Amidst the dire news that California will be re-entering lockdown, shuttering cinemas across the state once again, there is a more positive picture when we zoom out to a global viewpoint. Three months ago, when just 1% of global cinemas were open, Gower Street said then that things could only get better; there is no doubt the situation has improved (18% of global cinemas now open) but some regions have seen more advancement than others.



The Asia Pacific region, excluding China, has been leading the charge and has seen a far higher proportion of tracked cinemas back open again than any other region. Of the 1207 cinemas tracked by Comscore across the Asia Pacific region (excluding China), 931 of those reported box-office in the week commencing July 6 (Mon-Sun). This is an increase of 1% on the week prior and a huge 695% increase from the final week of April, when just 117 cinemas were reporting. This has been possible due to successful management of the virus across large parts of S.E. Asia; Japan, Hong Kong and South Korea are among the lowest COVID-19 cases per capita. This has created more possibilities to open cinemas responsibly.

During the last week there has been some changes across the region. Singapore, where all cinemas have been closed since their original lockdown on March 26, re-opened its doors on July 13 with a maximum of 50 guests per auditorium. In the opposite direction Hong Kong has closed cinemas once again amidst a third wave of the virus. The populous Asian territory had roughly 60 cinemas reporting prior to this.

There are also encouraging signs that cinema is returning to the Europe, Middle East, Africa region. Over a third of the 8,477 Comscore tracked cinemas in EMEA reported box office in the week commencing July 6. This is a steady increase (5.7%) on the week prior and another giant leap (3338%) from the final week of April. The two territories with the largest number of cinemas, Russia and France, have epitomised the differing circumstances across the EMEA region.

In France the virus peaked around March and is now down to less than 1000 new cases per day, as opposed to over 7.5k on their worst day (March 31). Lead by strong local product and a nationwide effort to reopen cinemas synchronously the number of reporting theatres in France is nearing the pre-virus levels. In Russia, the peak didn’t occur until early May, the latest of the major European markets. The number of new cases recorded daily is dropping, but not at the rate seen in other EMEA markets – suggesting a longer tail. This has meant almost all cinemas have remained closed since early April. However, from July 15 the majority will be allowed to reopen again. The test here will be whether cinemas take the opportunity and whether they can then stay open.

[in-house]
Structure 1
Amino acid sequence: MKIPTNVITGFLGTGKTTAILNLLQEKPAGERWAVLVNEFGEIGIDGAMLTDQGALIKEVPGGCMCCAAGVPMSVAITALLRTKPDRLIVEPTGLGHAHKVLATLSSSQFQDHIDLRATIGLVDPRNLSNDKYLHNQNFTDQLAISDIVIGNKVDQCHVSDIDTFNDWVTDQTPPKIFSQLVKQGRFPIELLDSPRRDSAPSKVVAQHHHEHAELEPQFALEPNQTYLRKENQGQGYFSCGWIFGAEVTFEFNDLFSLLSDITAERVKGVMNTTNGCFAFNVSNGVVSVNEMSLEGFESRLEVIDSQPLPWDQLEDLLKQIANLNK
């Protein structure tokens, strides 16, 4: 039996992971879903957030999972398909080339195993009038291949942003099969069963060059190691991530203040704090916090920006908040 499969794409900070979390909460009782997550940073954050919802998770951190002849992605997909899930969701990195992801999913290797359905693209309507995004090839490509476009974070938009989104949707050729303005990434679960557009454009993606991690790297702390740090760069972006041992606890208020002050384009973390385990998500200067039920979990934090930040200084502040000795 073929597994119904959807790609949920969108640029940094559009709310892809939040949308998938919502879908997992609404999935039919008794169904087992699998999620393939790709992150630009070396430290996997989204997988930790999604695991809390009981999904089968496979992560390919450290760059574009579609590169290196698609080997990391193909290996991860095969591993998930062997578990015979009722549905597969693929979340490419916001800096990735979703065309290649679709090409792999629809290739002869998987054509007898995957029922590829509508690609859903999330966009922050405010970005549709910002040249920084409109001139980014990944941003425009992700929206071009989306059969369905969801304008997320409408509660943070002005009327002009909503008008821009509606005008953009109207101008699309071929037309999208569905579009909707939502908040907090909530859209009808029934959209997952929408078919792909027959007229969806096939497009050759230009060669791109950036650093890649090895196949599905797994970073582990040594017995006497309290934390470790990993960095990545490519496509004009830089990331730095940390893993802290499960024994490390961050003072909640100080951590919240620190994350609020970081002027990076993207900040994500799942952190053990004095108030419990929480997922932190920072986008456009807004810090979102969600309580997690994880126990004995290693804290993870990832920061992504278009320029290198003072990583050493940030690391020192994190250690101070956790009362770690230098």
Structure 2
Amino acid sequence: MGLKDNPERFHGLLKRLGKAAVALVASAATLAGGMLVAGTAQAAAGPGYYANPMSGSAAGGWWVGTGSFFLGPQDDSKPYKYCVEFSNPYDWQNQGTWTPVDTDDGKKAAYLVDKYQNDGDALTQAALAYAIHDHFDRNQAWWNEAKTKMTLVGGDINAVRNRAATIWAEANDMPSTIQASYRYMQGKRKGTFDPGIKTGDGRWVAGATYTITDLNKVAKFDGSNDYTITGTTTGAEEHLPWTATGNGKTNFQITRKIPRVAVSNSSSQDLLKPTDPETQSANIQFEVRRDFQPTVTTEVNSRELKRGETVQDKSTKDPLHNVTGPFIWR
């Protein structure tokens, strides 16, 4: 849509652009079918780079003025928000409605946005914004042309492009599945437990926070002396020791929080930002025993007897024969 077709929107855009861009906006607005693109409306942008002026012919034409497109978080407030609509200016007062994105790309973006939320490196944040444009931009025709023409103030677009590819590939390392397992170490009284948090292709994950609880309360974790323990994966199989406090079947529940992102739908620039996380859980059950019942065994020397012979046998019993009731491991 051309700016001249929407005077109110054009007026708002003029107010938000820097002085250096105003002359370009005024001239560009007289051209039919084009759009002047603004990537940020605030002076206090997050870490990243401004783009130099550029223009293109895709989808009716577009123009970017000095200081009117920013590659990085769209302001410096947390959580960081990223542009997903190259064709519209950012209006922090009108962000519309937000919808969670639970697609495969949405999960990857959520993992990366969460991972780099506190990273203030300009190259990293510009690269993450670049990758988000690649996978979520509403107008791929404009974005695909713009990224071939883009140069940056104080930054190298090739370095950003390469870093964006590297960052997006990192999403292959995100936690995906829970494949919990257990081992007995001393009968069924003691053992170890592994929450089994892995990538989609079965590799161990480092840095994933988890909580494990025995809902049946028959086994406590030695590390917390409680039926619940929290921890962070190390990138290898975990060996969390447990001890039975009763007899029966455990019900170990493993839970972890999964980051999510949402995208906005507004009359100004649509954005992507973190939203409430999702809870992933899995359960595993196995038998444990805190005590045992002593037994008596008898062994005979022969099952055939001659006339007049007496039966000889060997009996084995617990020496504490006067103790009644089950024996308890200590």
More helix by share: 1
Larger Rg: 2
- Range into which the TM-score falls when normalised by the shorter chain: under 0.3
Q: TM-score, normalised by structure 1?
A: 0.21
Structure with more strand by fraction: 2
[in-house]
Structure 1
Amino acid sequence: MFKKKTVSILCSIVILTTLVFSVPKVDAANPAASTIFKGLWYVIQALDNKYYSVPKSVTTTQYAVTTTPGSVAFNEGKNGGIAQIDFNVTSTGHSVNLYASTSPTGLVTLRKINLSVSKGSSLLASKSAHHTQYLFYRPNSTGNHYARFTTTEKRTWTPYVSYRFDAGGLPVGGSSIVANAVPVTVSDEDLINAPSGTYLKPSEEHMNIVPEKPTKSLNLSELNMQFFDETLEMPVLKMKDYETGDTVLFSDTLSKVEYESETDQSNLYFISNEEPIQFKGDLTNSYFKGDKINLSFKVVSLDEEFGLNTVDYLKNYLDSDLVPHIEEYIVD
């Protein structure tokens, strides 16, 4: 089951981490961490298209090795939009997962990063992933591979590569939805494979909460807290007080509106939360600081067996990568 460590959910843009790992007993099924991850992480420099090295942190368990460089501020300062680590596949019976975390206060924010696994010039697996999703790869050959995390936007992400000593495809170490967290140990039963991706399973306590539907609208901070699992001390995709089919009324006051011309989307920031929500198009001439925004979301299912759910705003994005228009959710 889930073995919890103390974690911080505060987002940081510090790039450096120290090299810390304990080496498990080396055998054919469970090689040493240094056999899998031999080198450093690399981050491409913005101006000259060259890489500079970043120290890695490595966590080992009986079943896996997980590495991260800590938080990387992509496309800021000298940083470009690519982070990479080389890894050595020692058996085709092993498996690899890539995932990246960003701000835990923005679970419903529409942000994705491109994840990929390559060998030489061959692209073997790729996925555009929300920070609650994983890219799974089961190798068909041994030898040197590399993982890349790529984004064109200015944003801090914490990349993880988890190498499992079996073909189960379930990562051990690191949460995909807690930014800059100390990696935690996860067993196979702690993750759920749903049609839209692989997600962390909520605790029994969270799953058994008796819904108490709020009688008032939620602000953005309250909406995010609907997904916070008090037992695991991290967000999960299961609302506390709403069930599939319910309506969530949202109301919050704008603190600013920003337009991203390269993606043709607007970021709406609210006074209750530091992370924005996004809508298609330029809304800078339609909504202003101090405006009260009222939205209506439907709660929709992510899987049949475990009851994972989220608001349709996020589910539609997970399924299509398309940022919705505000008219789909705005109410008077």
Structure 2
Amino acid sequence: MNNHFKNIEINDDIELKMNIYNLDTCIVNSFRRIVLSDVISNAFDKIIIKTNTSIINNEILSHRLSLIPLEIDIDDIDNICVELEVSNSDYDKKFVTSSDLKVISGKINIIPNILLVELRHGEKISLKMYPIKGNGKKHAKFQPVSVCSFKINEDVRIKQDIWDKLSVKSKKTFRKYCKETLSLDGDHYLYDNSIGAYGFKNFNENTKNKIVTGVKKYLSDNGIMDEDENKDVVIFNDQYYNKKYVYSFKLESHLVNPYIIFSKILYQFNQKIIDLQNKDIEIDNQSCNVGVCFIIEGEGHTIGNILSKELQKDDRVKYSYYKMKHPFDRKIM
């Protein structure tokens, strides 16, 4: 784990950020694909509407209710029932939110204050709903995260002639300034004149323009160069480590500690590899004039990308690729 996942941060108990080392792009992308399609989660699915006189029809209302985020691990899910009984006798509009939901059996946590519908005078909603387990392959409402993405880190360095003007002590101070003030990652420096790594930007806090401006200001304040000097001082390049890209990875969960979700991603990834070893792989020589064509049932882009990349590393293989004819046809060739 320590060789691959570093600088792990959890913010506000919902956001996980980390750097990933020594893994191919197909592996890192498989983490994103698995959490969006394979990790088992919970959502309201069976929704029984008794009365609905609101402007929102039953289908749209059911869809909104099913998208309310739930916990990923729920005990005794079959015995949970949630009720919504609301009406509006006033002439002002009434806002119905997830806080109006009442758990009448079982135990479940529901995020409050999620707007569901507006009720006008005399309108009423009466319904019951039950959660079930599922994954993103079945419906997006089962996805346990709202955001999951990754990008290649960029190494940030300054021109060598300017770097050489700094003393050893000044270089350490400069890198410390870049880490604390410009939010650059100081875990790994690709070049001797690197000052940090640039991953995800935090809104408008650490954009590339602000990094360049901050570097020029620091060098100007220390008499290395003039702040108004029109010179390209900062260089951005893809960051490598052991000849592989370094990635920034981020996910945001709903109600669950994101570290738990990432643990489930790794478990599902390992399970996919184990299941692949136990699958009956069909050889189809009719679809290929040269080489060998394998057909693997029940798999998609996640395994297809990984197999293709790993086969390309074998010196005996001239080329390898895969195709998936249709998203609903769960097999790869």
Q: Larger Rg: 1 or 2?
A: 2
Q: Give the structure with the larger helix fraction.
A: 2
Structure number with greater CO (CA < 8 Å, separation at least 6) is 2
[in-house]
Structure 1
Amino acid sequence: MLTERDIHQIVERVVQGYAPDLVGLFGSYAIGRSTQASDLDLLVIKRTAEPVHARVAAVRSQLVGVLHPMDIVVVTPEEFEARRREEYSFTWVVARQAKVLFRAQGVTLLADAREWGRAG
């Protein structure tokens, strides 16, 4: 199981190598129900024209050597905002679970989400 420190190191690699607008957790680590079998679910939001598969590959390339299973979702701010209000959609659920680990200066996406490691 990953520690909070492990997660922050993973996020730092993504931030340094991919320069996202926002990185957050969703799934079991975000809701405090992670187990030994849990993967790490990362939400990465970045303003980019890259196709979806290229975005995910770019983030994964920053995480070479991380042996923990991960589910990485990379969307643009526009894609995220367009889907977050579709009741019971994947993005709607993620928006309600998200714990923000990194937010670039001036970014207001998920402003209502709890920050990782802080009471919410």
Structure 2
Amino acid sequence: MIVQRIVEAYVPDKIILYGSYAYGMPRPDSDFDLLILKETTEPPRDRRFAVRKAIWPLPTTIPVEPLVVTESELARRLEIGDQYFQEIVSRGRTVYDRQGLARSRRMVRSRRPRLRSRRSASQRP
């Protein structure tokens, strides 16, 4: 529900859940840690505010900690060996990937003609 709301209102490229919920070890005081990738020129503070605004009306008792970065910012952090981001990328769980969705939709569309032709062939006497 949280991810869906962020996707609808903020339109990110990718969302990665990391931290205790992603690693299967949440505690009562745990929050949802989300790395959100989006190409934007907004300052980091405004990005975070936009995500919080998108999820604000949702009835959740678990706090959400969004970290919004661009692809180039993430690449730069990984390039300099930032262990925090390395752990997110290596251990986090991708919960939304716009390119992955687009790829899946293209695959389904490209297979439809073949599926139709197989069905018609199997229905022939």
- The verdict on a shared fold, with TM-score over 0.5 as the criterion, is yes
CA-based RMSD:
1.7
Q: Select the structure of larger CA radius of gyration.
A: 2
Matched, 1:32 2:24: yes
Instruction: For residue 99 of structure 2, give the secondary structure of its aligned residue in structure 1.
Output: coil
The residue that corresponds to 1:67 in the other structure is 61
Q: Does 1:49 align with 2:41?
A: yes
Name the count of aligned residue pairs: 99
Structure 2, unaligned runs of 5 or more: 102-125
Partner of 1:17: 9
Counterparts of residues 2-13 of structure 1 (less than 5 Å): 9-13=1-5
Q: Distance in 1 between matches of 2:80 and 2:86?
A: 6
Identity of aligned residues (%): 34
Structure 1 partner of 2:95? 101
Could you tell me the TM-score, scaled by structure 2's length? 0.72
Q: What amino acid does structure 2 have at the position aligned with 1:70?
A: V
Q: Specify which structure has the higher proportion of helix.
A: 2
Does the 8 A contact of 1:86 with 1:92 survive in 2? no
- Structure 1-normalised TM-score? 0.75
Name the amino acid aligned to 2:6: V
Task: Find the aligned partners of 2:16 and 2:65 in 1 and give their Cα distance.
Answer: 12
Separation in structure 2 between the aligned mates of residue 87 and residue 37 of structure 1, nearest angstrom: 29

Another thing hampering cinema reopening in EMEA is the lack of new product being released. With the delayed release of TENET came announcements in UK & Ireland (the largest EMEA territory by box office revenue) that many planned re-openings would be delayed. While plenty of territories can rely on strong local product, particularly in Asia, the lack of new product from Hollywood has caused a ripple effect and proved a stumbling block for re-openings globally.

The situation looks bleaker as we cast our eyes to The Americas. In Latin and Central America, just 181 (7%) cinemas in the region were reporting week commencing July 6. This is a result of escalating cases of COVID-19 across the region. Between Brazil, Mexico, and Peru none are showing any encouraging signs of the virus slowing down.

The situation is better, but far from inspiring, in Domestic. Just under a quarter of the tracked cinemas in Domestic reported in the past week (1246 of 5480) and as cases of COVID-19 in the US continue to rise that number is likely to worsen. This is a however a marked improvement on the final week of April in which just 87 cinemas were reporting. Many of the cinemas currently open are drive-in theatres. By-and-large drive-ins have been a constant over the crisis – remaining the only place to watch out-of-home entertainment in many states across the US and Canada.

Whilst China was the first country to feel the effects of the COVID-19 crisis and active cases in the country have been below 1000 since April 22, legislators are remaining cautious. All cinemas are currently closed in China and whilst there have been a small number of re-openings in March, these have been curtailed and since June not a single cinema in China has reported box office. There is a view that China were prioritising manufacturing and trade over risky cinemas. However, this week China Film Administration announced theatres in “low risk” areas will be allowed to resume business on July 20.

When piecing together the global picture, it’s clear to see that there is definite improvement on the situation we were in 3 months ago. Things did get better, but it remains to be seen how much farther we can go. All eyes are on Domestic, not only as a region with a big share of the worldwide cinemas but also as the gatekeeper of blockbuster releases. How much more can the 2020 global outlook improve whilst the US is still grappling with the virus?